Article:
McInnes has shaken a club that was enveloped in inertia and bad habits, demanding that his players apply themselves with maximum exertion from the first minute to the last. This mentality, philosophy, call it what you will, has yielded instant dividends; Aberdeen score a disproportionate amount of their goals in the last ten minutes and have the second best defensive record in the league, hardly surprising when men like Langfield, Anderson and Robson take any concession as grievous personal insults.
When he’s not oscillating wildly between panic and excitement over Sundays final, Dons fan @MGrantScotland carries out his functions as chief football writer for the Herald newspaper. His interview with Aberdeen chairman Stewart Milne last week was illuminating on two fronts. Firstly, as he reflected on 20 years on the board Milne offered this summation to underline the clubs descent into mediocrity since the 80′s:
“You think things are bad and then something else happens and you think f*** me, things can get even worse. There have been good times but the trouble is we’ve never been able to sustain anything.”
Milne also provided an insight into Derek McInnes’ mindset and revealed some figures at Bristol City now believe they may have acted with undue haste in removing him from his post at Ashton Gate:
“Derek saw Aberdeen as a club that he would love to take back to the top end of Scottish football, and more importantly, to keep them there. He doesn’t want to be viewed as a one season wonder.”
While uncontroversial, McInnes is no shrinking violet. He was to be found earlier this year angrily berating ex team mate Stuart McCall for what he perceived to be Motherwells rough house treatment of his outstanding young midfielder Ryan Jack and calmly dismissed his Inverness counterpart John Hughes’ attempts to engage him in pre final mind games earlier this week.
And so, on to those futile comparisons with Fergie, or more accurately, the comparitively similar circumstances they inherited at Aberdeen.
35 years ago this month, Sir Alex led Aberdeen into his first ever final as a manager, against Rangers in the League Cup. The Dons had won only one Scottish Cup in the preceeding quarter of a century. Fergie’s CV lacked depth, naturally, for he was only 36, though he had guided St Mirren to the second tier title. Aberdeen lost the match but Ferguson had re-positioned the club and as we know he went on to have a trans-formative effect on Aberdeen, accumulating three titles, five cups and two European trophies.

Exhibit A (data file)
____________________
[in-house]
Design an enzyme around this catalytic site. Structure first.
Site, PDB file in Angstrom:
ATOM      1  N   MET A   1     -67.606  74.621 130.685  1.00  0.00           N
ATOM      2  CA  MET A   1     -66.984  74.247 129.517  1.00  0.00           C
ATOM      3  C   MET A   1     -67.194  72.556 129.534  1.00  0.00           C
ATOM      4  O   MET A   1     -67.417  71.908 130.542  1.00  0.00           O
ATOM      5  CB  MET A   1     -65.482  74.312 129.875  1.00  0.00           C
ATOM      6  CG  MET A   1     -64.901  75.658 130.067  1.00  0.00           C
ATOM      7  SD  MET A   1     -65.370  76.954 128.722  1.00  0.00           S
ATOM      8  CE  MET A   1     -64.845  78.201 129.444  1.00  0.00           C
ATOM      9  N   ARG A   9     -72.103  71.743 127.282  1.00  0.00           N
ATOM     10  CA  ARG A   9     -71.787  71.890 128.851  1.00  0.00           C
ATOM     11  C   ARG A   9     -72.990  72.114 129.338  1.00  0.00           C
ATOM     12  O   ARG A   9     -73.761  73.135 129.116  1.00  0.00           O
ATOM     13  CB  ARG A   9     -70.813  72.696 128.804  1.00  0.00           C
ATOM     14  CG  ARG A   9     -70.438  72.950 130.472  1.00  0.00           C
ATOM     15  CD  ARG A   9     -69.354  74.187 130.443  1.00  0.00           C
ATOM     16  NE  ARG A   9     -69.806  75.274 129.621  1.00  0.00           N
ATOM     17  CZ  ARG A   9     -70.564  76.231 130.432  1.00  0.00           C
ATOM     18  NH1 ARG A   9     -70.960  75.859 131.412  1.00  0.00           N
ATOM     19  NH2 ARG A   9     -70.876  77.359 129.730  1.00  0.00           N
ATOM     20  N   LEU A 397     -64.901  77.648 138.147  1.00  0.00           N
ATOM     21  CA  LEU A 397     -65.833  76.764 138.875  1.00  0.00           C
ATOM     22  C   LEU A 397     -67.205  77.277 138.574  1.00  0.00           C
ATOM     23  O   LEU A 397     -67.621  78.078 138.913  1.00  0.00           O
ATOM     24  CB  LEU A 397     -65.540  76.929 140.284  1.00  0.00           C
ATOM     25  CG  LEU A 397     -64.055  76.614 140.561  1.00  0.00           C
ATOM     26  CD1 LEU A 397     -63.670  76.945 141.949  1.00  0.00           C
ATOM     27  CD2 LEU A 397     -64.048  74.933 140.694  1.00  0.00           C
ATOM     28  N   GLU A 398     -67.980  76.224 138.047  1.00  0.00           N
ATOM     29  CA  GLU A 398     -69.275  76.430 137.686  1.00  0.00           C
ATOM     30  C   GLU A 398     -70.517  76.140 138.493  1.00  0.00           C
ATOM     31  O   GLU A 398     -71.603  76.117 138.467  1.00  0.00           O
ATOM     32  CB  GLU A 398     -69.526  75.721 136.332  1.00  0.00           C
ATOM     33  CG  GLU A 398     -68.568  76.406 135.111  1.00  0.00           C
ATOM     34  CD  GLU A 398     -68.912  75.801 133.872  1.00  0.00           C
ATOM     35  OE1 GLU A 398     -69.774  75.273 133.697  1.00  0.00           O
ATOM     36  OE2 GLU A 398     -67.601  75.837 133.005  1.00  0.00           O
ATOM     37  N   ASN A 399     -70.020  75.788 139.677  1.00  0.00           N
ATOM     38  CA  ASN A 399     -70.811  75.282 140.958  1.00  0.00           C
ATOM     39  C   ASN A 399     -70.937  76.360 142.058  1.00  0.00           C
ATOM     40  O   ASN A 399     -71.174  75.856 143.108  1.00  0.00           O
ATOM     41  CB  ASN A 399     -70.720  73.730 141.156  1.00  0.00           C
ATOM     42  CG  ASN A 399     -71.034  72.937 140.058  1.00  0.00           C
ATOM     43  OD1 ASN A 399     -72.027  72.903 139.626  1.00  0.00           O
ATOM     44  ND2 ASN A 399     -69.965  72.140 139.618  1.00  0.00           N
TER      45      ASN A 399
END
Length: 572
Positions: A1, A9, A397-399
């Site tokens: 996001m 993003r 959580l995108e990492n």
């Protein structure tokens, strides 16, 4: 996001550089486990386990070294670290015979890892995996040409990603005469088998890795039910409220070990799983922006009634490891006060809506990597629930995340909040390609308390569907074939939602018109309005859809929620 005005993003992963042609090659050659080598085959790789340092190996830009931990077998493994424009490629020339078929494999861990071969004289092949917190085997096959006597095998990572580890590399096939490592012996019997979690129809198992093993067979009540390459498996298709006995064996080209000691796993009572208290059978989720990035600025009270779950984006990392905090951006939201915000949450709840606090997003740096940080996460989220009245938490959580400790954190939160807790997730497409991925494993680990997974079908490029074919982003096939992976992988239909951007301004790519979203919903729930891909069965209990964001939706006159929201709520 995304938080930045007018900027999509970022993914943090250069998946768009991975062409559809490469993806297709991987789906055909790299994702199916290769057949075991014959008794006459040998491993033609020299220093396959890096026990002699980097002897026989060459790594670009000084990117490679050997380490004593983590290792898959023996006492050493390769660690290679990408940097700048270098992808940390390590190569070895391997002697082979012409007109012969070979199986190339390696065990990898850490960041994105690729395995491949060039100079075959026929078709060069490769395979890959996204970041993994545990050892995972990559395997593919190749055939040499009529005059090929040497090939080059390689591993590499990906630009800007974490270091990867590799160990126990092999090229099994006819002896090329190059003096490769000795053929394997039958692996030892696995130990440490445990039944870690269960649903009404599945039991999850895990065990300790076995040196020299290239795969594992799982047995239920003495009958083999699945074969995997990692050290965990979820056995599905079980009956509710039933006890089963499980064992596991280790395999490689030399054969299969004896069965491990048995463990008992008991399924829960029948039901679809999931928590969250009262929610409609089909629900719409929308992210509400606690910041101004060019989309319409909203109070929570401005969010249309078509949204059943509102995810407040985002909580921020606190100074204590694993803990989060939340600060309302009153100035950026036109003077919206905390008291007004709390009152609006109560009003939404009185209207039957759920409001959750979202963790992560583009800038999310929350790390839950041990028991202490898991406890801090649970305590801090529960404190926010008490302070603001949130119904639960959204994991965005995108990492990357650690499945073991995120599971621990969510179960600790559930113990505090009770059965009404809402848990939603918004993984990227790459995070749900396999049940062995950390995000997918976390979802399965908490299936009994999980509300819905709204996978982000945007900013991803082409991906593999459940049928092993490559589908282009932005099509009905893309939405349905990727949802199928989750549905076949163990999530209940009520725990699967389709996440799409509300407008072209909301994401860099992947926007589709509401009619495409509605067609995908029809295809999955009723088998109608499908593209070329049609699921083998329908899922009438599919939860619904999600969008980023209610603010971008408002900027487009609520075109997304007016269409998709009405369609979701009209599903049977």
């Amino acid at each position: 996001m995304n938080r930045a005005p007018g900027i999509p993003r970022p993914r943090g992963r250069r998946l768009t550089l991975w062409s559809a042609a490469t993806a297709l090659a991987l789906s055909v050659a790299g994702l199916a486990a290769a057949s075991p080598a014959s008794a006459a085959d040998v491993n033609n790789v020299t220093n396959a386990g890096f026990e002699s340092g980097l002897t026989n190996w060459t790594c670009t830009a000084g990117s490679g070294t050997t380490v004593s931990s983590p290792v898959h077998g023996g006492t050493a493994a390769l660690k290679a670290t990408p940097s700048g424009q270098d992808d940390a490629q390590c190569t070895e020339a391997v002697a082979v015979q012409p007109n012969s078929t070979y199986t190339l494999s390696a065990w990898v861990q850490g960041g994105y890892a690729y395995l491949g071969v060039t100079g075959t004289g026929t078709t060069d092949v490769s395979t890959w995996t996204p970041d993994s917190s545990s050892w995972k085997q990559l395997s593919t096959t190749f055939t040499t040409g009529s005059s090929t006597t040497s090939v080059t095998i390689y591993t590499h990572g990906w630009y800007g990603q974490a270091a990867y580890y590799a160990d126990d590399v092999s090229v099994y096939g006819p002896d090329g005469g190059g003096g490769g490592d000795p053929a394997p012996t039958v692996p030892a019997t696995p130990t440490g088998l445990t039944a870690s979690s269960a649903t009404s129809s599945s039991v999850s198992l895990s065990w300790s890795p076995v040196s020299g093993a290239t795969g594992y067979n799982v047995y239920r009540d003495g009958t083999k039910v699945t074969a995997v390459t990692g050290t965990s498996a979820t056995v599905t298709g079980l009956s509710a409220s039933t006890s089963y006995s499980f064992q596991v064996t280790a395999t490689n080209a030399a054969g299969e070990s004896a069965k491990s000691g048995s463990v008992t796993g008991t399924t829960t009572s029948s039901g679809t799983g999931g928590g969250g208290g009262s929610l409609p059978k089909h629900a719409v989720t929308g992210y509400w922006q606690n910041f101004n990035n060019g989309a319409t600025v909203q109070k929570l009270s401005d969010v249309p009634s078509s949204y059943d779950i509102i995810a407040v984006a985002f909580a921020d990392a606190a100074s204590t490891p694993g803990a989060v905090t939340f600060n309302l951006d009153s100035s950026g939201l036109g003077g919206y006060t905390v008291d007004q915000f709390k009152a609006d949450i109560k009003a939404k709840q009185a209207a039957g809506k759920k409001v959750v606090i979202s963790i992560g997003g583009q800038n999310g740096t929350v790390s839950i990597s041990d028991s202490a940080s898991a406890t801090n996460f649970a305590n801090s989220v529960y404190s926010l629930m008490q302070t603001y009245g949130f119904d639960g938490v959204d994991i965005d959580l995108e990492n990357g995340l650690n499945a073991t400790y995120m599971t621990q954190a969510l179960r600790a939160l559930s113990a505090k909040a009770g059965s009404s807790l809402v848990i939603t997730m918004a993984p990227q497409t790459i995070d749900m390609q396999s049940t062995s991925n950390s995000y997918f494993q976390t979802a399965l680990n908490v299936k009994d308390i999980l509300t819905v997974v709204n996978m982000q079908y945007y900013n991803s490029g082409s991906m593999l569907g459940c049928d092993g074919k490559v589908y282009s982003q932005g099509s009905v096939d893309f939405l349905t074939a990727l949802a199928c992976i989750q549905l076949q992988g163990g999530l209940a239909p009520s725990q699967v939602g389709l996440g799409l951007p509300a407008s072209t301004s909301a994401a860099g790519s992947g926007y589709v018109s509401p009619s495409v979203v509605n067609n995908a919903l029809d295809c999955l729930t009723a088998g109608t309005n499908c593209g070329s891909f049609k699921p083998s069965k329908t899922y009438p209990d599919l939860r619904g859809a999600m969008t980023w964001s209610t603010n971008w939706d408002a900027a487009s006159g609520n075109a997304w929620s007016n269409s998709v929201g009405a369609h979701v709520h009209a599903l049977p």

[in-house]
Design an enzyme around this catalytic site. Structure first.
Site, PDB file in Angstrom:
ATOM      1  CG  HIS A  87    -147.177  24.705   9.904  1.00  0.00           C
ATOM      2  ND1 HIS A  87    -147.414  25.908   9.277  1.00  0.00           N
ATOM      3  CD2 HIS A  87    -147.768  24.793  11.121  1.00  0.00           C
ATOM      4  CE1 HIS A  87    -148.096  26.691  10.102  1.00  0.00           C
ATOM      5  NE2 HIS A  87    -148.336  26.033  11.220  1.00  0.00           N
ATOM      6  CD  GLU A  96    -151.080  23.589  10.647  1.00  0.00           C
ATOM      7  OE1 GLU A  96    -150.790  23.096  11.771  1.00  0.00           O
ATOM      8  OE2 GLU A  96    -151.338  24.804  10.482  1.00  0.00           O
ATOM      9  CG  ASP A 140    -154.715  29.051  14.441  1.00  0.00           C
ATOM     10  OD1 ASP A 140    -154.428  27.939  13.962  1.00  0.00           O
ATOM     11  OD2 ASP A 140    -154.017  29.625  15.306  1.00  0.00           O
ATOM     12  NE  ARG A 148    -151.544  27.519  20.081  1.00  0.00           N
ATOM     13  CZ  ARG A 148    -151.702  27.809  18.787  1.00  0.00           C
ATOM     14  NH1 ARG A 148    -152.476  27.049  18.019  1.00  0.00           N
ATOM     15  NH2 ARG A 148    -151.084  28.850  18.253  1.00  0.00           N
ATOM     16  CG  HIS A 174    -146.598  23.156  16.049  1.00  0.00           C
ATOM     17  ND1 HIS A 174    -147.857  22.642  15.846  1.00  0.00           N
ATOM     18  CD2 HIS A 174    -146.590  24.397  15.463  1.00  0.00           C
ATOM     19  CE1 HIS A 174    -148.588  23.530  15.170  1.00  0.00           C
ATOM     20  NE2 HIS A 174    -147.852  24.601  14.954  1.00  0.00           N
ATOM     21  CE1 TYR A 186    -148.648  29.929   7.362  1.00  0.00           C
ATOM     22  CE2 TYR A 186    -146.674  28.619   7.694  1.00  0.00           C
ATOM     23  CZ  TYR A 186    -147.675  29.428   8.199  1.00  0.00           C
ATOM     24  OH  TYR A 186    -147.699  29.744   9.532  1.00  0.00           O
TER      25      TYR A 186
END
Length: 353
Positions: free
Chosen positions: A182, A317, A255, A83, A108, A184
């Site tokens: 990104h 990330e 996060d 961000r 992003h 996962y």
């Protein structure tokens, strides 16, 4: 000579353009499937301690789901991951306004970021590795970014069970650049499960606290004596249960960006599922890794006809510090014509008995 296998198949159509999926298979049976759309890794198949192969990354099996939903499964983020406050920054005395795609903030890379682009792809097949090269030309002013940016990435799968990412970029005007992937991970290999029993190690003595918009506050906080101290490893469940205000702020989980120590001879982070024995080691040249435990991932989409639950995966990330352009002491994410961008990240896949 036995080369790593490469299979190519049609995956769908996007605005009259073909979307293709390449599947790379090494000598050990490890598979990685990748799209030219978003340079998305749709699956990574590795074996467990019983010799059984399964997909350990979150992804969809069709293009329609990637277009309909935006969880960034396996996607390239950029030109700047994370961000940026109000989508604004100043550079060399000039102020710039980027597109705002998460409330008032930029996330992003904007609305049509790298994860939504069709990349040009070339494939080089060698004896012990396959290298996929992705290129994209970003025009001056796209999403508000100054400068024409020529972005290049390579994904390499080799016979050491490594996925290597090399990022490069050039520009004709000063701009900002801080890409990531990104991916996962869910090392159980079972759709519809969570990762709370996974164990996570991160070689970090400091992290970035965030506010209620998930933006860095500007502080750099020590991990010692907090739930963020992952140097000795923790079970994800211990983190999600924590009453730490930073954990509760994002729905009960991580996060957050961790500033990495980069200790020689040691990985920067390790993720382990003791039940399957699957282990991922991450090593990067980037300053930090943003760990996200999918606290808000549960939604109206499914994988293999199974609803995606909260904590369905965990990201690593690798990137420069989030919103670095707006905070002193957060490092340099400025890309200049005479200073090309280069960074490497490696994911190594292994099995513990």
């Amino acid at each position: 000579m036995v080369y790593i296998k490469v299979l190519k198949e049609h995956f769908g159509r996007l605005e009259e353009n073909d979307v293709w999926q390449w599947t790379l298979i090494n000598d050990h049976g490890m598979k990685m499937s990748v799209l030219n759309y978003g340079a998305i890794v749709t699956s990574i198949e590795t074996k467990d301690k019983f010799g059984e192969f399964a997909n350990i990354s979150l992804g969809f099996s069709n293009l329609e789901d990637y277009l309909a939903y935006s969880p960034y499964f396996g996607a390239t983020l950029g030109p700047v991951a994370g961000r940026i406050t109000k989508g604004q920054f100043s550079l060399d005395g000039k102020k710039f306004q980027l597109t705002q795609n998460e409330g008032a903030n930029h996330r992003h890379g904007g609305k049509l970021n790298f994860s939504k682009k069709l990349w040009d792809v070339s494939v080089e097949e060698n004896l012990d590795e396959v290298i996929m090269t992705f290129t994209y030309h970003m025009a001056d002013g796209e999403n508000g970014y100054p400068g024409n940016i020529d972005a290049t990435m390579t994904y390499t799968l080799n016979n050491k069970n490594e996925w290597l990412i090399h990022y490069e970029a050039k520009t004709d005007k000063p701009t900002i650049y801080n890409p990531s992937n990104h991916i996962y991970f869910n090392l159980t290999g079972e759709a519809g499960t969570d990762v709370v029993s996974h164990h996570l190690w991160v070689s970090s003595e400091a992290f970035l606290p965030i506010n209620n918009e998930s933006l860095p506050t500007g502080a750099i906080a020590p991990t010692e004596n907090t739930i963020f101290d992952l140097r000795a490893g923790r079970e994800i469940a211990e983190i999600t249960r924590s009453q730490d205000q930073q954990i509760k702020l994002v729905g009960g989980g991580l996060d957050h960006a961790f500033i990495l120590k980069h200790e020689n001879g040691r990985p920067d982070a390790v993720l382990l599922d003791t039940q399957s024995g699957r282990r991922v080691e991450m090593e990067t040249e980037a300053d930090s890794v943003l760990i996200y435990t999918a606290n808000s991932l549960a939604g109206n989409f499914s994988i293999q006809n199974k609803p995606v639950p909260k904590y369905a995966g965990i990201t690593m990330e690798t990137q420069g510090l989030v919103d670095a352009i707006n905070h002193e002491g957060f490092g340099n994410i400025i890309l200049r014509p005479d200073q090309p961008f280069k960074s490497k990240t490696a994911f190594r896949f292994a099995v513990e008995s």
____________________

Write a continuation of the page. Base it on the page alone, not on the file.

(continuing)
In his autobiography, the modern day father of Manchester United discusses his beginnings at Aberdeen in the terms below:
“The dominance established by the Glasgow giants had infected the mentality of other clubs with resignation, an acceptance that it is their destiny to be the supporting cast. Passivity of that kind is alien to me. I had no intention of letting Aberdeen settle for isolated moments at centre stage. I wanted sustained achievement. I wanted trophies.”
Consider McInnes’ comments before victory at Celtic Park this season:
“Despite having a few players missing, I believe we have a team that can go down to Parkhead and win. We’ll have to play extremely well, not hoping that Celtic don’t turn up but believing that Celtic are going to be ready for us as well.”
Those comments represented a considerable change in attitude from previous dug out custodians, when Aberdeen went south with damage limitation in mind.
He hasn’t said as much explicitly, but one might reasonably surmise that Derek McInness will want to make substantial inroads on Celtics domestic dominance in the next few years, and perhaps in the Europa League too. If you listen to his players, they talk in a semi-brainwashed manner of high standards and of competing with belief and conviction in every cup.
McInnes welcomes the pressure that comes with improved performances:
“There is a responsibility – which brings pressure – of simply being at Aberdeen. We’re all fine with that.”
So as he approaches his first final and brings an astonishing 40,000+ fans with him to Glasgow, he has Aberdeen on the arc of a rainbow, far earlier than anyone could have anticipated. The massive and unprecedented travelling support is proof that the people of Aberdeen are beginning to believe the pantomime years are finally behind them.
Like Ferguson in ’79, McInnes has only a second tier winners medal in his collection as manager of the other provincial Saints, St Johnstone and has the exact same opportunity to reposition Aberdeen as winners after a lengthy trophy drought, though he must do so with Hayes, Flood and Rooney as opposed to Miller, Strachan and Archibald.
Not that the supporters care much about personnel for the moment. Having experienced myriad false dawns, they are happy to have something tangible to cling to. Just as their team have grown in belief and assurance lately, so too have they.
By 5pm on Sunday we will have a clearer indication if the Dons are back for good and by May, Derek McInnes could conceivably have two cups in the Aberdeen trophy cabinet.
Should that eventuality come to pass, surely even Sir Alex would be impressed.